ALLEN COUNTY, Ind. (Fort Wayne's NBC) - Beginning next week, the Allen County Department of Health will join the state by vaccinating eligible Hoosiers against COVID-19.
At the Memorial Coliseum, the vaccine will be administered to individuals age 80 and older, as well as licensed and unlicensed healthcare workers and first responders.
“Our Department is excited to join the effort to get shots into arms and get one step closer to the end of this global pandemic. We know the COVID-19 vaccine is tremendously effective at keeping people out of the hospital and preventing severe disease, so we encourage every eligible person to make an appointment as soon as possible.”Dr. Matthew Sutter, Allen County Health Commissioner
The Department of Health will open the vaccination clinic in Expo IV at the Allen County War Memorial Coliseum, 4000 Parnell Ave., Wednesday, Jan. 13.
Due to limited supply, officials say the vaccine is available by appointment only to those currently eligible as determined by the Indiana Department of Health. Appointments must be made in advance at ourshot.in.gov or by calling 2-1-1 daily from 8 a.m. to 8 p.m. No walk-in’s will be accepted.
Officials say family members will be allowed to make appointments on behalf of eligible seniors. Those coming to the vaccination site should wear a mask and bring a photo ID, proof of age, or verification of current employment as a healthcare worker or first responder in Indiana, as well as their health insurance card to their appointment. There is no cost to the vaccine recipient, but insurance may be charged an administration fee.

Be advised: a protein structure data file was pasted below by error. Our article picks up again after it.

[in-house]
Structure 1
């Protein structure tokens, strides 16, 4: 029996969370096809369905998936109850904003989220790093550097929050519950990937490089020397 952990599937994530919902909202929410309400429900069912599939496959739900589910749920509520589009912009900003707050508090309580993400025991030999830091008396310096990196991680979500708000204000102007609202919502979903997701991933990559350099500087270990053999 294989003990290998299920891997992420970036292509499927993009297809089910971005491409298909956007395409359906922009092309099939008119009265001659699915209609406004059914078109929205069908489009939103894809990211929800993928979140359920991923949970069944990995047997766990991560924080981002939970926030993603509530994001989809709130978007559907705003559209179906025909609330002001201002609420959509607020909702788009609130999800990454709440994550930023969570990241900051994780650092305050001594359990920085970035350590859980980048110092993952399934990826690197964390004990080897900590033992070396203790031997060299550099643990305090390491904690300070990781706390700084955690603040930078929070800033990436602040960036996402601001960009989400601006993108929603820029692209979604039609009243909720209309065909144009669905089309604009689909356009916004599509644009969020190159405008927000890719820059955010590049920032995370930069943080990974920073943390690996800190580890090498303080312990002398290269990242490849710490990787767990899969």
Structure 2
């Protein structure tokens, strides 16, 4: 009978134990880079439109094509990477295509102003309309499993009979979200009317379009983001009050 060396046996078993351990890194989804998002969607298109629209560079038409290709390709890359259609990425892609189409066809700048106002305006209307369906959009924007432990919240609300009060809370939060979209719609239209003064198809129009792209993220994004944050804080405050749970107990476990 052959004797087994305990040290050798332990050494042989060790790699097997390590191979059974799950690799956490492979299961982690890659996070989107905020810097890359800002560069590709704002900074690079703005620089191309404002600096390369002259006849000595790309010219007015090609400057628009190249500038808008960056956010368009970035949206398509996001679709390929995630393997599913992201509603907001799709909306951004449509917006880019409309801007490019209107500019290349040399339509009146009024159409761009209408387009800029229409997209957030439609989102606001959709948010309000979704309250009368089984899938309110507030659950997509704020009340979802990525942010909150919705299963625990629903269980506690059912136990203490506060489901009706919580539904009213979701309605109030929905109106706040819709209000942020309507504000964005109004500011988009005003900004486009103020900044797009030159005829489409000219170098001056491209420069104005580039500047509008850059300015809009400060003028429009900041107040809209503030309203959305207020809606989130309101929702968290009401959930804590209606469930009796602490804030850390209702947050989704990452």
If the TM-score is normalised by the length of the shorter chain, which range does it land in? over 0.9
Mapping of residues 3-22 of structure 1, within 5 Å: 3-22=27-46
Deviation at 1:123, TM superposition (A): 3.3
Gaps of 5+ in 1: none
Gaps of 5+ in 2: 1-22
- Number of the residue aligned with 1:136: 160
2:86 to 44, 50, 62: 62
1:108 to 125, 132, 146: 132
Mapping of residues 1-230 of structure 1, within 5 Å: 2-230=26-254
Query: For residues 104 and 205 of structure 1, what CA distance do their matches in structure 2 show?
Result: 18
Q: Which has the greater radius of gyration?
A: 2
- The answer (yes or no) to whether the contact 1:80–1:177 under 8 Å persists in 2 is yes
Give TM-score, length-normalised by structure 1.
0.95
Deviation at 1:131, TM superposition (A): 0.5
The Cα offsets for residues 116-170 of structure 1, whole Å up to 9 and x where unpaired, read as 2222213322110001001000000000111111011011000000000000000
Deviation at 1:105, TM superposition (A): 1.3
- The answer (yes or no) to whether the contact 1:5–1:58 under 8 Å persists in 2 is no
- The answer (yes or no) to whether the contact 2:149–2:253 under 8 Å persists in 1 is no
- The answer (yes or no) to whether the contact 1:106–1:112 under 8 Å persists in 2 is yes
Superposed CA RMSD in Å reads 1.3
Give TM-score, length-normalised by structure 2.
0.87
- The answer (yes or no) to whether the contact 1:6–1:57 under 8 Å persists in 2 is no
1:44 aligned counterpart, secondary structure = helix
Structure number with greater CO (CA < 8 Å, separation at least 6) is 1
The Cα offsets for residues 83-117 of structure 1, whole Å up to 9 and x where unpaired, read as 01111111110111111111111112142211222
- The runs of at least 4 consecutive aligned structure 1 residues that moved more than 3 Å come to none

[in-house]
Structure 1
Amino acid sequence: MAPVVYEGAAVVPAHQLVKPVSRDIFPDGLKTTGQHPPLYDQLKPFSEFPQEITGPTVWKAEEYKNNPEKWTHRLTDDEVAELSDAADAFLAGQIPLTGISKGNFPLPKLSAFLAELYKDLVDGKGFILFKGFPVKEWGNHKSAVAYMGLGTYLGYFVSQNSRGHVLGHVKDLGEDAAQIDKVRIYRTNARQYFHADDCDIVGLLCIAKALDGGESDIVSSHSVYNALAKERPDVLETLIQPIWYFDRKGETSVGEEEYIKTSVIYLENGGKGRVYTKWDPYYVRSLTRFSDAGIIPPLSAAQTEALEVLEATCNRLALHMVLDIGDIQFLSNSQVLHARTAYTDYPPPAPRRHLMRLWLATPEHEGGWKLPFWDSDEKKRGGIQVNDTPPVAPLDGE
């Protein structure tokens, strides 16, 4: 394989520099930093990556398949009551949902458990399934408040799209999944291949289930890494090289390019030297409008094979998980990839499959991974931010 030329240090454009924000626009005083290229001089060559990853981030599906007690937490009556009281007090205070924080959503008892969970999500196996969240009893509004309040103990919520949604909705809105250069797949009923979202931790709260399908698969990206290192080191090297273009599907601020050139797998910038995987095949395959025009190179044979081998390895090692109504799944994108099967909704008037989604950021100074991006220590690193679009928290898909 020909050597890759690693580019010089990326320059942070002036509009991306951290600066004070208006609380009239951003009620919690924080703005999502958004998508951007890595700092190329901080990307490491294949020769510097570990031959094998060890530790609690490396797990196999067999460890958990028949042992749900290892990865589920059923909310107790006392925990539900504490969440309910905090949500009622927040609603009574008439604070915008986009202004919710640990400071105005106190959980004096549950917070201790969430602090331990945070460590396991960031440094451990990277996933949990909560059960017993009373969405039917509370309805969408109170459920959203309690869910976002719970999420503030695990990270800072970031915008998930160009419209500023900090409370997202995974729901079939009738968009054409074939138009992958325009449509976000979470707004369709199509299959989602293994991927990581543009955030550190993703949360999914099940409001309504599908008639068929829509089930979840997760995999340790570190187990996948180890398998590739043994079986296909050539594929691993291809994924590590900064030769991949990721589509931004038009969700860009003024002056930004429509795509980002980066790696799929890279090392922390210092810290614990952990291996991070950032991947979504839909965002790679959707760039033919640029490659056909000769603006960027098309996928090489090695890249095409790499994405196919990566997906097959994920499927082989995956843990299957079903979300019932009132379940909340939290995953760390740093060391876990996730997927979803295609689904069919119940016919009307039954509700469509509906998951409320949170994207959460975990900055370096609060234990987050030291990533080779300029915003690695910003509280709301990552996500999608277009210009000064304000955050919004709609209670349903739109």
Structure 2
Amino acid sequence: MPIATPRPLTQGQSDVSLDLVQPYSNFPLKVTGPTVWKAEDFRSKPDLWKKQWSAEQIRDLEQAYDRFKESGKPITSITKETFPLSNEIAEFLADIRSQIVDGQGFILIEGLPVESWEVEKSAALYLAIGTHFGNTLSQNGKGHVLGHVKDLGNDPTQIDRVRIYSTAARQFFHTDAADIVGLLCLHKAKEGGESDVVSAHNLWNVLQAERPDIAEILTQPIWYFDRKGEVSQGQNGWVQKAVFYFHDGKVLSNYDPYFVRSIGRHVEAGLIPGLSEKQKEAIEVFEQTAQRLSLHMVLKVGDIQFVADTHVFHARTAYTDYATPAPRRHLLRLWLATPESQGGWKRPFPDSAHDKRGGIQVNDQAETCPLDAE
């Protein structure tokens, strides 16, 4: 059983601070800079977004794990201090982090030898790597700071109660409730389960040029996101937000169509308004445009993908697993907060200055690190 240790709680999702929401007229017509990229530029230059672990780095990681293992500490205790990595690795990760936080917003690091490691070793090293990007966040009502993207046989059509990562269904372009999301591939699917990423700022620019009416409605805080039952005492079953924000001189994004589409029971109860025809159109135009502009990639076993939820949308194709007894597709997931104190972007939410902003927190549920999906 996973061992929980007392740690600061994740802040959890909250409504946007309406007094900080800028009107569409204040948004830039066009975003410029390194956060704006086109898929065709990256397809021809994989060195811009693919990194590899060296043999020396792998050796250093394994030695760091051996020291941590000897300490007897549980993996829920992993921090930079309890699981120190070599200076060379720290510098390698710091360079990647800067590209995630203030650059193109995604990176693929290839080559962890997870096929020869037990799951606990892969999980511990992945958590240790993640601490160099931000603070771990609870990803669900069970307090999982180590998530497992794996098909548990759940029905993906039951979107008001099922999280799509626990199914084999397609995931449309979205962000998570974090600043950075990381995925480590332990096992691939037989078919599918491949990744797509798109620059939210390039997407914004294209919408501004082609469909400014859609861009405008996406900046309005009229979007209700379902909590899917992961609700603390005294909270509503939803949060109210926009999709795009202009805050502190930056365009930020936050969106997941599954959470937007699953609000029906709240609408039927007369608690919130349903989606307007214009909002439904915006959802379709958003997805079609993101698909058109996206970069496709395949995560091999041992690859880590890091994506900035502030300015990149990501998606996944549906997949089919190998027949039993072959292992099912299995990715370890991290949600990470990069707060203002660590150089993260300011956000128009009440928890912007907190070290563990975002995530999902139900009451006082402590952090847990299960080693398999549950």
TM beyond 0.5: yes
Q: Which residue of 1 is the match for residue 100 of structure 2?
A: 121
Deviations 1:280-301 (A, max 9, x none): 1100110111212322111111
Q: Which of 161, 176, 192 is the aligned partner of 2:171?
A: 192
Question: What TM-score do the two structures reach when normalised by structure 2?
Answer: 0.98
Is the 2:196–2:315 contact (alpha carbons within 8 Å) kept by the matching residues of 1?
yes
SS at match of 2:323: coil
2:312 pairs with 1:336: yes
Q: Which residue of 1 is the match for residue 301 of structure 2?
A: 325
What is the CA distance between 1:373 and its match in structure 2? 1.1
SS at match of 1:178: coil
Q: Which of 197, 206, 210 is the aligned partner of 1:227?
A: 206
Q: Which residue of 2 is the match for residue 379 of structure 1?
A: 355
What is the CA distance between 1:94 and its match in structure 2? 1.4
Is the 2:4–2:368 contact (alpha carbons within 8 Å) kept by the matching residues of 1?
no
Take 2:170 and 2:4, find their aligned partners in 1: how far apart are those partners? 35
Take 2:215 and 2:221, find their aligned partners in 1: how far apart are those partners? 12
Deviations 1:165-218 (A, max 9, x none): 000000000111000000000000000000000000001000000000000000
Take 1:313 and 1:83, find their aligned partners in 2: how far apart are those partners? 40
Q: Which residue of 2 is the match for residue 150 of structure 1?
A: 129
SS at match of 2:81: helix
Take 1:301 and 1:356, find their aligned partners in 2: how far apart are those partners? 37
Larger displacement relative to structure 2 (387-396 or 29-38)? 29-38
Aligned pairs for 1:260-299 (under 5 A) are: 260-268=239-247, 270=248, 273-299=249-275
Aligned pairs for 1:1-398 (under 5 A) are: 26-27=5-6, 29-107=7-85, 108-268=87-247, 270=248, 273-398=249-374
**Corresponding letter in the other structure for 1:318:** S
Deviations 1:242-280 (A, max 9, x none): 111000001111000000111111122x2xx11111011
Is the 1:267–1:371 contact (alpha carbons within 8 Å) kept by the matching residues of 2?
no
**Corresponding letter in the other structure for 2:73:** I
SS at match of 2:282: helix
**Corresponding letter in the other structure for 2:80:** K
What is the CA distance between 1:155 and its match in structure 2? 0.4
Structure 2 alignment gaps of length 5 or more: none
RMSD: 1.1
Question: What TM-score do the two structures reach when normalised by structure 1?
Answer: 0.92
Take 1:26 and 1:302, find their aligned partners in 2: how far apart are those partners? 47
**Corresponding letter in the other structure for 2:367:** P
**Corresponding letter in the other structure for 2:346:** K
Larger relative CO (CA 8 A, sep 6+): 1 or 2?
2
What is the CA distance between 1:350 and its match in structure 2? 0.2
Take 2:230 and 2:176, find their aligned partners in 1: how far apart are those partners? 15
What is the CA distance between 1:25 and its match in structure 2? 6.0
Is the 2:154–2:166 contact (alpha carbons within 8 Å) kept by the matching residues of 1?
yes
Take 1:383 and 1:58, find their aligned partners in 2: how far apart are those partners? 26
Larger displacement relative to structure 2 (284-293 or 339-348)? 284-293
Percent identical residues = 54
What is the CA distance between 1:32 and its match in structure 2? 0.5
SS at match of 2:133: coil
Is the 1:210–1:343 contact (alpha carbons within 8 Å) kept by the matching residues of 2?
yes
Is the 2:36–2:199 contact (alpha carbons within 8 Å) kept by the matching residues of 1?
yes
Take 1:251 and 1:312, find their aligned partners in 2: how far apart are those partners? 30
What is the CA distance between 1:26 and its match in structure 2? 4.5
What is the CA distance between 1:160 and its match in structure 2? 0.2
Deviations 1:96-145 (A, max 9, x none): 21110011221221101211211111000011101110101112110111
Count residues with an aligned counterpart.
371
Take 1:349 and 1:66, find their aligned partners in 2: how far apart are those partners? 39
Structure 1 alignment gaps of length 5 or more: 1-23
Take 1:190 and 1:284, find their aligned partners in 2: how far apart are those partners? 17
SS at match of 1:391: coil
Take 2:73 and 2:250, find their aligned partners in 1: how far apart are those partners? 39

The department will be providing the Moderna vaccine, which requires two doses administered at least 28 days apart.
According to the Centers for Disease Control and Prevention, it typically takes a few weeks for the body to build immunity after the second vaccination. Individuals will be able to schedule their second appointment at the department’s clinic after receiving the first dose.
The U.S. Food and Drug Administration has approved the vaccines under an Emergency Use Authorization (EUA), meaning the vaccines must be proven safe and effective in the same way all medications and devices must be. The vaccines have been found in trials to be 94 to 95 percent effective in preventing COVID-19 infections in participants. Side effects are temporary and are generally mild, including fatigue, headache and sometimes fever.
Officials say people who have been vaccinated against COVID-19 may still be able to infect others, so even those who are vaccinated should continue wearing a mask and quarantining if they are a close contact of a positive case.
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